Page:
Lara Murray-Sterzel | Staff Writer
There’s nothing like a good science activity at the end of the day to improve your mood. Oneonta’s Bio Club held a meeting on Tuesday, Sep. 20, where the group created their own lava lamps. The event was hosted by club President Thomas Stritzl, Vice President Jazmine Reyes, Secretary Alyxis Szary, and Treasurer Joseph Clark who provided the materials needed to create the lava lamps.
After the successful Club Expo on Sep. 18, the Bio Club was very excited to start their upcoming activities and get students involved with their club. The president began the meeting by introducing new and returning members. When introductions were over, they provided students with instructions on how they were going to make the lava lamps.
The materials were put on the lab table at the bottom of the classroom with assistance from members of the club. The first step was fill a third of a mason jar with water and the rest with oil. Then put two or three drops of food coloring in the jar. The final step was to break the Alka-Seltzer in half and put it in one half at a time. Students watched in amazement as their jars began to bubble and transform into real lava lamps. But how is this possible? How can a little bit of water and a splash of oil create a small lava lamp? According to President Thomas Stritzl, the oil is hydrophobic which means it doesn’t mix with water molecules when in the jar. But when the Alka-Seltzer is placed in the jar, there’s a reaction with the water molecules producing a chemical called carbon dioxide, the chemical that rises to the surface. When the carbon dioxide bubble pops, the water molecules die down due to the water being denser than the oil.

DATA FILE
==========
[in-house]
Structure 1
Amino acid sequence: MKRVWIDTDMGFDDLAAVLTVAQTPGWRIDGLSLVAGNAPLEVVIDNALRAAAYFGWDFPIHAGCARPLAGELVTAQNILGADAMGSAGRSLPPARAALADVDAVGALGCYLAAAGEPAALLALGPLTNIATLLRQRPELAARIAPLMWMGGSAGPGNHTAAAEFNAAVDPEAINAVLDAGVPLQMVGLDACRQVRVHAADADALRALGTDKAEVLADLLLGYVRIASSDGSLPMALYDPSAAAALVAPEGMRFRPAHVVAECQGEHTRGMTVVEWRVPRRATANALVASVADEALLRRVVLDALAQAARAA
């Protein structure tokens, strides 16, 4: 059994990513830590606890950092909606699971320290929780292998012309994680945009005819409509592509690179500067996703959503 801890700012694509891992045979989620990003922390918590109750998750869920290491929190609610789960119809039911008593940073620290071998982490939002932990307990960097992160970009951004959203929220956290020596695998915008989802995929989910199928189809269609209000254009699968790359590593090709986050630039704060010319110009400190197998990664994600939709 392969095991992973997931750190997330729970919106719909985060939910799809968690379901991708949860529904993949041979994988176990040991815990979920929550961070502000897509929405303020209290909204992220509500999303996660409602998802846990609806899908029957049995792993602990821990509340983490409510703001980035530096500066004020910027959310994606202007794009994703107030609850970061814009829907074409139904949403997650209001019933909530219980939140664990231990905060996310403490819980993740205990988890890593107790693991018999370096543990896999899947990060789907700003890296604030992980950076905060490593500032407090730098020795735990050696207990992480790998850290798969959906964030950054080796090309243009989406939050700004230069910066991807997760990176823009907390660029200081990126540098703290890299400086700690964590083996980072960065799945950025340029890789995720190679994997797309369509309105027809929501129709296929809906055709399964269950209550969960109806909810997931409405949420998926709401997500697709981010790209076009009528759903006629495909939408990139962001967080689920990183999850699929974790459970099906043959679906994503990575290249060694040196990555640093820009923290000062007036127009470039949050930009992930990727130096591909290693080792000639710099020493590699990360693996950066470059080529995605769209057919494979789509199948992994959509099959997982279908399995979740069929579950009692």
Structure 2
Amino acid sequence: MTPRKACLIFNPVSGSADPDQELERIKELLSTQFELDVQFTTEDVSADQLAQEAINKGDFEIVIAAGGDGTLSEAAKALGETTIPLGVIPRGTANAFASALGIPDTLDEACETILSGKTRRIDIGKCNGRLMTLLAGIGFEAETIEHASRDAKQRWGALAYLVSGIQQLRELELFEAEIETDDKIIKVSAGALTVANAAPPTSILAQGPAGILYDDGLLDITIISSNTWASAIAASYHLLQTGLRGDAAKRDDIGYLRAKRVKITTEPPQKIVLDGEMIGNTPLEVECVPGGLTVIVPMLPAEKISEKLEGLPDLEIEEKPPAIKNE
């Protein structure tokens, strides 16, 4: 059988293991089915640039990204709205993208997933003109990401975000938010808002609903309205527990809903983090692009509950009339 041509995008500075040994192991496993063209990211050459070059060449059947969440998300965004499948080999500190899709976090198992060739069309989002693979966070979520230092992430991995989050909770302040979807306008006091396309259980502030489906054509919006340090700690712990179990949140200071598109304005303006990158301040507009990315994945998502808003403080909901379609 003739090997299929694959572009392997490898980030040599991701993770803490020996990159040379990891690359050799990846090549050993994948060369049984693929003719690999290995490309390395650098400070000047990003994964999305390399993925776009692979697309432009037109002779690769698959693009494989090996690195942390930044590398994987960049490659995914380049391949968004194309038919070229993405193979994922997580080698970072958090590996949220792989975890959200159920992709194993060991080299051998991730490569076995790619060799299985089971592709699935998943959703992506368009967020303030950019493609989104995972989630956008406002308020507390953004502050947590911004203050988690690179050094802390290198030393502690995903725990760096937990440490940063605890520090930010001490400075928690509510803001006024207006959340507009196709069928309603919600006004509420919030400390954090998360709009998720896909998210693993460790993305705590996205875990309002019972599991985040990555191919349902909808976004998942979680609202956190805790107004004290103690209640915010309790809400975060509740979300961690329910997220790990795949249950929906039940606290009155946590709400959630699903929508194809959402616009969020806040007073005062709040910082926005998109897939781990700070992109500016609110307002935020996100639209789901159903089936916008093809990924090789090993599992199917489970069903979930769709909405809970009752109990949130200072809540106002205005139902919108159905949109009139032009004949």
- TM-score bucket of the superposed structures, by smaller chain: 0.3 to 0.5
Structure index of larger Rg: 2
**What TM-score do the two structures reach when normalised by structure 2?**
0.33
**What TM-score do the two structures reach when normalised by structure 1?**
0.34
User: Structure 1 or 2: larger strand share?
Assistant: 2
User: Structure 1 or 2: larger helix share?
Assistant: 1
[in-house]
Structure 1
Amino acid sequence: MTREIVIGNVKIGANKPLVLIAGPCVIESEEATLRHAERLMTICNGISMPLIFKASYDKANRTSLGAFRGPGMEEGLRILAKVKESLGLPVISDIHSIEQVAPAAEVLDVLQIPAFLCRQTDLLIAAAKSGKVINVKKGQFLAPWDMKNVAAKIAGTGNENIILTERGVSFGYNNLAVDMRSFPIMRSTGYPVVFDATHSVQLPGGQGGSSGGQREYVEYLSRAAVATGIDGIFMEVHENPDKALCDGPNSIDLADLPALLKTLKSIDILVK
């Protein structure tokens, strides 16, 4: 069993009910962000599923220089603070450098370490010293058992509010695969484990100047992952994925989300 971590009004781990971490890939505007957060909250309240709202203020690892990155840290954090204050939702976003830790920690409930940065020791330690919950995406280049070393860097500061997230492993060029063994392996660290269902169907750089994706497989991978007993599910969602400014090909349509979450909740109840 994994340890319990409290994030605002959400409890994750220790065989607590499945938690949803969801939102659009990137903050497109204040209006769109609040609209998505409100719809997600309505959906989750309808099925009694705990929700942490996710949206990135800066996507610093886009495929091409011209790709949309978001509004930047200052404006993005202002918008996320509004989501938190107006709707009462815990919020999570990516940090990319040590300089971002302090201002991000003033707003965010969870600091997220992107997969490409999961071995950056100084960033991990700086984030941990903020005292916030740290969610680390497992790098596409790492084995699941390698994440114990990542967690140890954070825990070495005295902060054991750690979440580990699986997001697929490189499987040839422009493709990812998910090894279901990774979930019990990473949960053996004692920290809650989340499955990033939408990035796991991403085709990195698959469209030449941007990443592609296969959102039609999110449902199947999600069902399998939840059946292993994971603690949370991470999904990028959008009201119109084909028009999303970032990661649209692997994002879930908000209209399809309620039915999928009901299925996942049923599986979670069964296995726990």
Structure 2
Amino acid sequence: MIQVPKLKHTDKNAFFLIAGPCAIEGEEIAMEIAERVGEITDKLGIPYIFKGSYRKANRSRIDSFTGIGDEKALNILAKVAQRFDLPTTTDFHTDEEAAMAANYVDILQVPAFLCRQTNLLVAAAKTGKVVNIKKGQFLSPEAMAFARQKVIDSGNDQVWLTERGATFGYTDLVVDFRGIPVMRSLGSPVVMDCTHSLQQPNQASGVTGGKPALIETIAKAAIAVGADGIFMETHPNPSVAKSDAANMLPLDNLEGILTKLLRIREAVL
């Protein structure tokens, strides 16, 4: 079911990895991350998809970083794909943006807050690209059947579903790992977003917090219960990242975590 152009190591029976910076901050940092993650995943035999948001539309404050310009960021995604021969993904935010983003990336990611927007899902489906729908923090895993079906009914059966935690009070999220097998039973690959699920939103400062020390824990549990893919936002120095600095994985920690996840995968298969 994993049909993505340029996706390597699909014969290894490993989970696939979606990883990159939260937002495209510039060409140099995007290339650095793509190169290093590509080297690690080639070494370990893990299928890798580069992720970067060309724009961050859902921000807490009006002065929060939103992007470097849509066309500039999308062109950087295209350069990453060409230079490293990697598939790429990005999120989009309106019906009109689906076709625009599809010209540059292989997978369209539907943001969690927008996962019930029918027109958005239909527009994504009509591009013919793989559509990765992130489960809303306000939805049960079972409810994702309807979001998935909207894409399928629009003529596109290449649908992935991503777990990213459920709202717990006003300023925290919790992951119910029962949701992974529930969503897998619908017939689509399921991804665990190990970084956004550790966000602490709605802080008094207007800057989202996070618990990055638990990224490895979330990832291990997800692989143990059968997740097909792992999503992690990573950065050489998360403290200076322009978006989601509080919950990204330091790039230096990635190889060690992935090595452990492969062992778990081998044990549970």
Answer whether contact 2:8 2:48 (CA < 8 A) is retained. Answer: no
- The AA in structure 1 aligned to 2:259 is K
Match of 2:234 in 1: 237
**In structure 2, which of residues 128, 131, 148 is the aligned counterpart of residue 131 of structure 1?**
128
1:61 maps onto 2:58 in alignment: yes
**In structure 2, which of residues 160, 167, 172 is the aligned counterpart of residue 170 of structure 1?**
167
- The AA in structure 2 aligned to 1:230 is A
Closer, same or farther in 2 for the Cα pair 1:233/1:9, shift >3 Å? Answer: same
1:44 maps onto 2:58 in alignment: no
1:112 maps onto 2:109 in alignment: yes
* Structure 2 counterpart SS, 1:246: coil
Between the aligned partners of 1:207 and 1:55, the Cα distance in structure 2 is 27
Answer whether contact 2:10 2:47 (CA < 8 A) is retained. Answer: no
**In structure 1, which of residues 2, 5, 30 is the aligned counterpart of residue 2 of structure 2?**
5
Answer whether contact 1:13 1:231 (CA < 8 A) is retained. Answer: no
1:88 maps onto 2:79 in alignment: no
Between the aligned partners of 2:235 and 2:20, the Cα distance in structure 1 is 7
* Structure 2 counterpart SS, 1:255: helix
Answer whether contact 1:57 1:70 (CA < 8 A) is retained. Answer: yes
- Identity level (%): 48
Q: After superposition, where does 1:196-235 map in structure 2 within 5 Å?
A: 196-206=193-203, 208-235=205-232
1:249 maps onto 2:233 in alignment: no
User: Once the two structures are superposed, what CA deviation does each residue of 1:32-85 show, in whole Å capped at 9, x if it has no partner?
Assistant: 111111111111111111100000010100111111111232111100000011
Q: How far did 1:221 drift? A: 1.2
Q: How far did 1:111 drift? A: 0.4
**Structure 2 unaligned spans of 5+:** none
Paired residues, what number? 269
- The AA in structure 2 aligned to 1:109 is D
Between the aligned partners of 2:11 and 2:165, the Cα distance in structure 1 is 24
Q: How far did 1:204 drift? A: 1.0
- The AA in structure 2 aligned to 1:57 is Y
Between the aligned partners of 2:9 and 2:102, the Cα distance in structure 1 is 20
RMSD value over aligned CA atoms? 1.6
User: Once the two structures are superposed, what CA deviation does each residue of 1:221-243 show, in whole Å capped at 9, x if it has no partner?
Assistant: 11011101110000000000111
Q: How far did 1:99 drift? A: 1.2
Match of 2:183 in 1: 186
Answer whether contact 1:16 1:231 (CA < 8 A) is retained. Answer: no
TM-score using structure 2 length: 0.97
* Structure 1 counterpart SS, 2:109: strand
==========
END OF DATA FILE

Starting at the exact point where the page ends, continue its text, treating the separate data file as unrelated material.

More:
“It’s a fun, easy experiment to kick off our club with, especially after all the new members joined after the Club Expo. And it’s just simple. Hydrophobic and hydrophilic qualities of liquids and lipids is something that most biology majors do learn from high school,” said their president when asked why they choose to have a lava lamp event. The club revealed that they’ve done this experiment in the past and it gets a lot of students to come out. When asked if this experiment is better performed at home or in a lab, President Thomas Stritzl surprisingly said it’s more of an at-home experiment. “I’d say that it’s pretty safe and all those things that we use are pretty safe for home. So, I’d say you can do it at home.” The Bio Club strongly encourages students to join their club regardless of their majors.